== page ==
We like to put everything that’s not stackable (e.g., bags of lettuce) in one big bin. Try it: You have no idea how much neater your fridge will look. No more loose bags littering the shelves.

fridge drawers
(Photo: Living Science)

Label it: If you really want to go all out, use labels — like these from The Container Store — to identify foods and indicate when leftovers were initially stored.

Meet Lazy Susan: This simple, plastic turntable from Rubbermaid costs only $9.49 and is perfect for situating smaller items on the top shelf of your fridge. Need something in the back? No need to move anything! Just turn it. Use the Lazy Susan for whatever you deem helpful, whether it’s extra condiments that don’t fit on the fridge door or your most frequently used items.

Fridge lazy susan
(Photo: Organized Chaos Online)

Don’t overfill the fridge: Air needs to circulate inside the refrigerator to keep everything fresh, so don’t pack in too much.

Protect the fruit: Line the fruit drawer (or shelf or container) with bubble wrap to prevent bruising.

Don’t let things roll around: Meet the Fridge Monkey. This nifty gadget holds things like soda and wine bottles in place so they don’t roll around the fridge. Note: You should be storing wine on its side. If you store it vertically, the cork can dry out and let oxygen in, spoiling your vino.

fridge monkey
(Photo: The Container Store)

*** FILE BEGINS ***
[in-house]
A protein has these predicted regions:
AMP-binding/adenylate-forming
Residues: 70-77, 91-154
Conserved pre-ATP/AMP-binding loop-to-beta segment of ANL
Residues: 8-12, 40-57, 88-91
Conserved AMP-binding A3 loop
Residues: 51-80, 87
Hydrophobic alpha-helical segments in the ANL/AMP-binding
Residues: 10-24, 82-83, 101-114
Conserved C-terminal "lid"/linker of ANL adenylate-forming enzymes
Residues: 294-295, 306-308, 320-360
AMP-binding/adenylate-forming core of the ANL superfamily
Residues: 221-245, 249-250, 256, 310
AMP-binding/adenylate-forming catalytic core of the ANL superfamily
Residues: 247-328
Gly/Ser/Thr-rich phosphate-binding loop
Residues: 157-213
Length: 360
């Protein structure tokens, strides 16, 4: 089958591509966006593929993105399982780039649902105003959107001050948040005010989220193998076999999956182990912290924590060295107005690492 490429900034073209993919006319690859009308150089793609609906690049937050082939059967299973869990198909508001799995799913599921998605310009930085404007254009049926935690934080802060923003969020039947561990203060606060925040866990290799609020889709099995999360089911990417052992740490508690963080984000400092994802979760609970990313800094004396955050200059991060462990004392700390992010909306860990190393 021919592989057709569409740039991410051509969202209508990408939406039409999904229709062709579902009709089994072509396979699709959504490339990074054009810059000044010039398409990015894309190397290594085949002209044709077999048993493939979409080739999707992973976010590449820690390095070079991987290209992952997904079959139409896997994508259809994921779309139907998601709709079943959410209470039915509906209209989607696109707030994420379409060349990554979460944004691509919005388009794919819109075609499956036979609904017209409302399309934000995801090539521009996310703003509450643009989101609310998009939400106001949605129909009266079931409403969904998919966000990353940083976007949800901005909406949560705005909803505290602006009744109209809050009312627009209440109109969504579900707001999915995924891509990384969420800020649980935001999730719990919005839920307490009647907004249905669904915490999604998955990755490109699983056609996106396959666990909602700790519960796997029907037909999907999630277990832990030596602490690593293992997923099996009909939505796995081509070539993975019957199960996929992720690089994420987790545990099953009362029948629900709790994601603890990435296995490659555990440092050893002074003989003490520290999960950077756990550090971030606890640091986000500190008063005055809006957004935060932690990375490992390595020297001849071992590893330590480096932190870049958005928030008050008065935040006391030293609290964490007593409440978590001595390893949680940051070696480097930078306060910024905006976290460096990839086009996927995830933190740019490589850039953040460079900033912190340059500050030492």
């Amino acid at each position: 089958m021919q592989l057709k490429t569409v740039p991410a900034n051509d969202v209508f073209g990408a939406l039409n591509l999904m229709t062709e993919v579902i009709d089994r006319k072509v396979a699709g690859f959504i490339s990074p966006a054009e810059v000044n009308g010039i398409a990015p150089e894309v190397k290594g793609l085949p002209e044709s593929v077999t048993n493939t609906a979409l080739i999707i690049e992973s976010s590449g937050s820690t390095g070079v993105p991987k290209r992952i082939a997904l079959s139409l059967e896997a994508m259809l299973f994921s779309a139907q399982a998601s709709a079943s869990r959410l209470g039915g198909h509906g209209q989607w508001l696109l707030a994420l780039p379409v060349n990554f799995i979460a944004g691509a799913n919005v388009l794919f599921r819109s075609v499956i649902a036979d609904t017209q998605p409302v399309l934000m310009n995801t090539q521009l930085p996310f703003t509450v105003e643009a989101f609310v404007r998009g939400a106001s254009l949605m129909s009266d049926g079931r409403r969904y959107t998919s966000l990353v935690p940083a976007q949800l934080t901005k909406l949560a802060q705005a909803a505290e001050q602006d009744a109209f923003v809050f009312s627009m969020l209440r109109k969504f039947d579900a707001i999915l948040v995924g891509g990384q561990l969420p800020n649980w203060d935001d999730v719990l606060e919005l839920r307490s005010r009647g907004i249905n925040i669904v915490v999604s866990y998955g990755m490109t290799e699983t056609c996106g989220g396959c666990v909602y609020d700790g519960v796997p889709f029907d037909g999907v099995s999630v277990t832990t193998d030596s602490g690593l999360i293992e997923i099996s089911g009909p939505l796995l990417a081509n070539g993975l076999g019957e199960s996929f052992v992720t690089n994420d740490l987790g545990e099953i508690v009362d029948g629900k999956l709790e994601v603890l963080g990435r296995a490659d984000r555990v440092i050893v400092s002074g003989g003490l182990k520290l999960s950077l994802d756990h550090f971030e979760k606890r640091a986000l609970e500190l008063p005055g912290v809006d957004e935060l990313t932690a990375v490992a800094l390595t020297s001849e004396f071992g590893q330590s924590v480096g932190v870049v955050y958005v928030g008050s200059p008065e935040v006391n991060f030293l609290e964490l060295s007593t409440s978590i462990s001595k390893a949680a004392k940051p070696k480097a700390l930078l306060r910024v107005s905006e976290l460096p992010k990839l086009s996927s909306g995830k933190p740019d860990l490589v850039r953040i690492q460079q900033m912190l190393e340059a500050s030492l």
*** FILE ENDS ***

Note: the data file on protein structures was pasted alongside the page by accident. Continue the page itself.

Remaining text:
>> Fridge full of soda? Read up on the dangers of drinking diet!

Get this Herb Savor: We hate when fresh herbs go bad before we have a chance to use all of them. This Herb Savor preserves the flavor and vitality of fresh herbs for up to three weeks. Plus, it’s a much neater-looking alternative to plastic bags.

Separate some produce from others: Fruits and vegetables ripen at different rates, and some produce emits more ethylene gas — a ripening agent — than others. (Read more about this here.) To keep your produce fresh for longer, keep the high-ethylene gas emitters separate from the rest of your produce. The Kitchn made a comprehensive list of produce categorized by their level of ethylene emissions — so we made it into a pretty chart. For those of you lucky enough to have humidity drawers, the non-ethylene gas emitters should go in the high-humidity drawer, the medium ethylene gas emitters should go in the medium humidity drawer, and the high-ethylene gas emitters should go in the low-humidity drawer.

Prevent odors: That open box of baking soda your mom always used to keep in the back of the fridge? It works. Invest in some Arm & Hammer.

Keep it clean: Clean out the fridge every week or two so spoiled food doesn’t hang around long enough to stink up the place.

This is a guest post submitted by HellaWella. HellaWella aims to take the stuffiness, the snobbery and the holier-than-thou out of the healthy lifestyle culture and bring it back down to earth. For tips, news and trends on healthy eating, fitness, general health, home and gardening, and eco-friendly living, follow HellaWella on Twitter, Facebook and Pinterest, and sign up for the free daily e-newsletters at HellaWella.com.